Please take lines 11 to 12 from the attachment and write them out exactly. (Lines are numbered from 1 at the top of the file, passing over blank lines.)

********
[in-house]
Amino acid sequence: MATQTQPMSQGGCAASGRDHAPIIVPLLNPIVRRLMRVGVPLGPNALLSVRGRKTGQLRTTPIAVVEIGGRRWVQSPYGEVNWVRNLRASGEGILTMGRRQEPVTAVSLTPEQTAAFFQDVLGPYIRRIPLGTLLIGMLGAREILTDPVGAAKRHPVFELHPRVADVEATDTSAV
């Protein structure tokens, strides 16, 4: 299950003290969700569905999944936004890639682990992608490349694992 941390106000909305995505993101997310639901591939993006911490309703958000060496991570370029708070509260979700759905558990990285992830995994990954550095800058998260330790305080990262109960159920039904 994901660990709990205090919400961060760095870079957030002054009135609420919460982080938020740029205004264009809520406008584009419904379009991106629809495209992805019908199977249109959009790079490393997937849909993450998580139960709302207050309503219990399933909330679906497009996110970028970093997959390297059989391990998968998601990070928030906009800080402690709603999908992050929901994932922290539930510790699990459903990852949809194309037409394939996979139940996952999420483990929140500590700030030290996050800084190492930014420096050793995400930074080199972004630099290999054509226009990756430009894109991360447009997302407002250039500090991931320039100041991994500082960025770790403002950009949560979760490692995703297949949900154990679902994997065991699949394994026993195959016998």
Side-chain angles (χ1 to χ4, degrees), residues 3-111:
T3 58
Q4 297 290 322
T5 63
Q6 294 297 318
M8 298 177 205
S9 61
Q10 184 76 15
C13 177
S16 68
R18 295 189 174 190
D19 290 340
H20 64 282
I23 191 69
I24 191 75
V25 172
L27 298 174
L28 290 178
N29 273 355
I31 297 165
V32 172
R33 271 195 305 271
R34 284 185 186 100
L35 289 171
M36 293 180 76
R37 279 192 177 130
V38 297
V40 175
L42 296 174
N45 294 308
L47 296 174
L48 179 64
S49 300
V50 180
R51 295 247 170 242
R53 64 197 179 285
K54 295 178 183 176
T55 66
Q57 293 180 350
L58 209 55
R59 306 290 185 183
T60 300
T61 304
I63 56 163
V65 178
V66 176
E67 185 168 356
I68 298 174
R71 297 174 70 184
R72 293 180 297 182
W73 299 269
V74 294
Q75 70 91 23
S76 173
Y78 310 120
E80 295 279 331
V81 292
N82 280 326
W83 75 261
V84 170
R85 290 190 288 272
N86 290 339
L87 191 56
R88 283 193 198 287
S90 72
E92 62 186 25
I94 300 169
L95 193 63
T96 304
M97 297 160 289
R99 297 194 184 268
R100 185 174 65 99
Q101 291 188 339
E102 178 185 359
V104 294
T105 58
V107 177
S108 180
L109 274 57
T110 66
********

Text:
Q10 184 76 15
C13 177